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Young Patriots and Redneck Revolt Set to Confront Fascists in Tennessee

Southern anti-fascists respond to White Lives Matter rally

By Baynard Woods

October 27, 2017


A number of anti-racist groups are expected to show up Saturday in Murfreesboro and Shelbyville Tennessee to protest the “White Lives Matter” rally. The rally was organized by some of the same white supremacist groups who were behind the “Unite the Right” rally in Charlottesville in August, including Vanguard America, the group with whom James Alex Fields was photographed and whose shield he carried before plowing his car into a crowd of counter protesters.  


The white supremacists have said that they chose to hold their rally in Tennessee because they thought they could avoid “violent” antifa protesters. But there’s a growing anti-fascist movement in the South. Redneck Revolt and the John Brown Gun Club, radical leftists, are trying to counter-organize around class in traditionally white spaces such as gun shows and NASCAR races.


As groups like Redneck Revolt were forming, they were inspired by the Young Patriots, which formed in the 1960s in Chicago to organize people who had moved to the city to escape the crushing poverty and police brutality in Appalachia. They found more of the same in Chicago and eventually began to organize. The Young Patriots worked together with the Black Panthers and the Young Lords to found the Rainbow Coalition.


Hy Thurman was one of the founders of the Young Patriots and a few years ago, he brought the group back. “The reason we went underground, and some still are, was because of the oppression, the brutality, the murders, the threats. We had a couple of our members murdered,” he said in an interview with me and Marc Steiner.



But now was the time to bring the group back. “We feel that right now is the right time for the Young Patriots,” he said, adding that, in terms of poverty and racism, not a lot had changed.


And they had already inspired younger people to go and counter-organize among poor and working-class white people. “We share the same philosophy,” Thurman said of Redneck Revolt. “They stated that they modeled themselves and were influenced by what the Young Patriots had done by working in white communities.”


Thurman says he is a member of Redneck Revolt and that some of their other members have started Young Patriots chapters.


“I went up to Phoenix with the John Brown Gun Club and got trained in the latest weaponry,” he said.


Like Redneck Revolt and the John Brown Gun Club today, the Young Patriots refused to cede the white working class to the right. They specifically used the rebel flag, which they wore as a way to start political conversations.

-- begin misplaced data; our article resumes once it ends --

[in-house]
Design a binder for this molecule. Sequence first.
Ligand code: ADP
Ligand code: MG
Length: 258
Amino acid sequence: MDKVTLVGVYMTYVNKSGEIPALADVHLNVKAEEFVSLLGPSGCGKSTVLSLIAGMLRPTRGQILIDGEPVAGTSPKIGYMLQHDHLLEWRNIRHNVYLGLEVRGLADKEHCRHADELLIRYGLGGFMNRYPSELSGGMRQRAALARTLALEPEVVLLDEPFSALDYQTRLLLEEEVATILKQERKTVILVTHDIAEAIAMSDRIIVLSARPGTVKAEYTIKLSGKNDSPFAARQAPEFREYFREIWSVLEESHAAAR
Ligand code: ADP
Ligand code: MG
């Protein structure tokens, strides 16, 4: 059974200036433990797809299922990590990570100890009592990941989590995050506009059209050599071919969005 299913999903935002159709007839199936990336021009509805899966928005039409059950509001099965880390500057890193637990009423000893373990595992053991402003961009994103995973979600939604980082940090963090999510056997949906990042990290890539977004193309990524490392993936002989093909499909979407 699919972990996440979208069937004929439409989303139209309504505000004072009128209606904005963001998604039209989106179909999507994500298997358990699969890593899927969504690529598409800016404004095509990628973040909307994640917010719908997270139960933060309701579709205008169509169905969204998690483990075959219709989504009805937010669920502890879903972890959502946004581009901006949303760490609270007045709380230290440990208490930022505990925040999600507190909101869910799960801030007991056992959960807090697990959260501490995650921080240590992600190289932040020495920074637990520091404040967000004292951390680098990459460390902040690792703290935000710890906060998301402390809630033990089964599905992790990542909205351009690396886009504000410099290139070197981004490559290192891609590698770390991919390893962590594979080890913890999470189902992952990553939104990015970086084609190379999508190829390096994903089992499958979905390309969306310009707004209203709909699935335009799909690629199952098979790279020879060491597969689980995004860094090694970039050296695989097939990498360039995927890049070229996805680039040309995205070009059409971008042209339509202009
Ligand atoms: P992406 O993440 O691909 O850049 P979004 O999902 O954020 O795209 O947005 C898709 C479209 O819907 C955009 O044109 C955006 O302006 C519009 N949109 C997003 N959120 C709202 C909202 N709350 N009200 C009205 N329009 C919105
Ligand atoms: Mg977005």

“We would go into bars and other meetings, we would have the flag but also have a ‘Free Huey’ [Black Panther] button or some other type of button and we would talk to people about what it actually meant,” he said. “We talked to people about the meaning of that flag and how it was a symbol of the slavocracy and it was a symbol of the plantation owners and that people’s lives were nothing more than a piece of property to be sold or be killed. But we would also talk to them about their needs and their problems.”


Though he is still trying to do the same kind of organizing, Thurman says he wouldn’t wear that flag now.


“That’s served its purpose and we have no need to wear that anymore because the people who are identifying with it now are the white supremacists and everywhere we go they’re wearing it,” he said.  


The people with the confederate flags are the ones people like Thurman and Redneck Revolt will be confronting in Tennessee.


“I hope it doesn’t turn out to be Charlottesville, but if it does, it is what it is,” he said. “But we can no longer let Trump spew the hatred and divide the country the way he’s doing it. So that’s the reason we’re there to stop fascism. And it is fascism. Trump and others would like to see a fascist state. That what we’re fighting against and that’s what we fought against 50 years ago and people before us.”


Listen to the entire conversation below

An earlier version of this story made it seem as if all Redneck Revolt organizers are white. This is not accurate. The Real News regrets the error.

Charlottesville photo by Baynard Woods

Hy Thurman photo courtesy Facebook

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